Welcome to I Tried It Month, where we’ll be publishing a new fashion, beauty, or wellness article every day in January that features a first-person account of shaking up an old habit, pushing beyond a comfort zone, or simply trying something new. Follow along for 31 days of storytelling, including everything from going without a cellphone for 40 days to trying the polarizing low-rise pants trend.
I have an immediate reaction when I hear anyone say the phrase low-rise. My eyes widen, my anxiety flares up, and a cringe makes its way across my face. As you can imagine, I avoided the waistline at all costs—that is, until one day I stumbled into a vintage boutique in my neighborhood and tried on a pair of low-slung pinstripe pants that I surprisingly didn't hate. I'll admit I liked them, even.
After that moment, I couldn't help but notice fashion's attempts at bringing back everything Y2K. From cushy flip-flops to velour tracksuits to, yes, low-rise pants, the fashion era that everyone loves to hate is happening again and although it made me nervous at first, I had to see what the hype was all about. So I faced my fears, ordered a few low-rise trousers (and one pair of low-rise jeans), and in the spirit of guinea pig journalism, I just went for it.
On the runways, plenty of designers have been putting a modern spin on the trend, as evidenced in a number of S/S 2021 collections. So I gathered a handful of my favorite styling moments from Dion Lee, Christopher Esber, Sandy Liang, and Sportmax and used them as inspiration for how to make the scary trend actually wearable. I should explain, however, that the styles I tried on weren't the low-rise skinnies of yore but slouchy and wide-leg silhouettes that feel current for 2021.
Whether you've been seeing them bubble up too or are simply curious to see how I managed to style them, keep reading for four low-rise pant outfits I put together and the runway looks that inspired each.
Courtesy of Dion Lee
I love how this Dion Lee look is a polished way to approach the throwback trend. By swapping out low-rise trousers for typical suiting separates, it's a fresh take on a fashion-favorite look.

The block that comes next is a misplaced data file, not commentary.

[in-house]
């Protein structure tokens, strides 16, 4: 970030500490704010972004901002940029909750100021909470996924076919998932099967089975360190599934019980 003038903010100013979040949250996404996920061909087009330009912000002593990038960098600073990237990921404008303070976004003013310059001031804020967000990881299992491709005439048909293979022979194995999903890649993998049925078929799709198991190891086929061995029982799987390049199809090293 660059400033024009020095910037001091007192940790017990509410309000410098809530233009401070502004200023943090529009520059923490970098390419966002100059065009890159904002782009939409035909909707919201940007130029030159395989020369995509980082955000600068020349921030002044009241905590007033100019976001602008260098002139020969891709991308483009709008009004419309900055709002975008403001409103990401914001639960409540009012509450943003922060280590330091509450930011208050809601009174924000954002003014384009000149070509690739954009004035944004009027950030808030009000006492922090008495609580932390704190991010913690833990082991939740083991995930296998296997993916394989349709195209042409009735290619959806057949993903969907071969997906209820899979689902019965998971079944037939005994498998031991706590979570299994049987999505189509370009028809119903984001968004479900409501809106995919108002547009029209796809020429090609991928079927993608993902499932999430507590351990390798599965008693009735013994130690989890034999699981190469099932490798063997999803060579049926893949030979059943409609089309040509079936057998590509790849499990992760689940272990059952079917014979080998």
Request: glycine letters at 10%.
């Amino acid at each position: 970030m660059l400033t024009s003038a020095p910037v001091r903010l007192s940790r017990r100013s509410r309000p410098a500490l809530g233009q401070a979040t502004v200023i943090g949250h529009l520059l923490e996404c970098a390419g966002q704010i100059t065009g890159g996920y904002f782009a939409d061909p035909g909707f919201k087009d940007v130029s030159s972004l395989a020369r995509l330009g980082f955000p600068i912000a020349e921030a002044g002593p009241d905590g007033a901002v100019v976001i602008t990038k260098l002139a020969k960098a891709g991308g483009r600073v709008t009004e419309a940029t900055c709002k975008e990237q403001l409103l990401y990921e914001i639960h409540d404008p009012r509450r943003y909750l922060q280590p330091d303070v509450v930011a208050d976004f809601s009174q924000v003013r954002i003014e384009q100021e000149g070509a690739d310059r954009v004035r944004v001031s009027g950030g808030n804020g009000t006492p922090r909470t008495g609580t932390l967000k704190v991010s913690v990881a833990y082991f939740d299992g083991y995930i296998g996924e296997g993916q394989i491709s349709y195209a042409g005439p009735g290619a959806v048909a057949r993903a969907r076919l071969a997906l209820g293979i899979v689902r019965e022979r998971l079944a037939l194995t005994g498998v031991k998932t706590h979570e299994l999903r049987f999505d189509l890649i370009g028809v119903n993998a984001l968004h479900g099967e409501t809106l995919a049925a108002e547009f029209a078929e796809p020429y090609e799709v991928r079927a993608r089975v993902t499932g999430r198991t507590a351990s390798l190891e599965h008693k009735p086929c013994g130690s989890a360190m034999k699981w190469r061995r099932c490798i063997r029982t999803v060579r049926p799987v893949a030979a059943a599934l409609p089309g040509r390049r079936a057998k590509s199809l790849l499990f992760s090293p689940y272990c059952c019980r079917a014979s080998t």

Here, the vintage trousers that started it all. I was immediately drawn to their loose and relaxed vibe, so I took Dion Lee's suiting idea and paired them with a coordinating cropped blazer and retro sneakers for something more casual but still put-together.
I won't lie—I'm not used to baring this much midriff since I usually prefer high-waisted trousers. But that being said, this look was a good entry point to the low-rise movement. Any type of matching set, including suits, tends to be pretty easy to wear.
People love to hate on low rises because they're intimidating, but I found this styling idea to be a lot easier to pull off. One, because tucking it a thin top means you don't have to actually show off your midriff if that's not your thing, and two, because jeans are pretty failsafe. As I mentioned earlier, I think the key here is going for a pair that's looser and more relaxed to offset the low rise. I'm a fan of Agolde's Lana Low Rise Vintage Straight Jeans.
Christopher Esber's simple separates are a case study in beautiful basics. I love how the designer paired low-rise black trousers with a white blouse and strappy sandals, and I immediately knew I had to try something similar.
Even though I had fun putting together the other looks, it was this outfit consisting of simple basics that were arguably my favorite. The loose trousers give an elevated polish to my WFH attire, and while the low-slung trousers are certainly trendy, the addition of a button-down shirt makes them feel more classic.
The waist chain adds a cool element and draws the eye there. I love this look in theory, but I have to be honest that this was the least wearable formula of everything I tried. I wanted to love it but ultimately realized that I would only wear this again if I suddenly woke up with a six-pack (are you listening, Universe?). So until then, I'll try it again with my high-waisted pants and maybe layer the chain on top.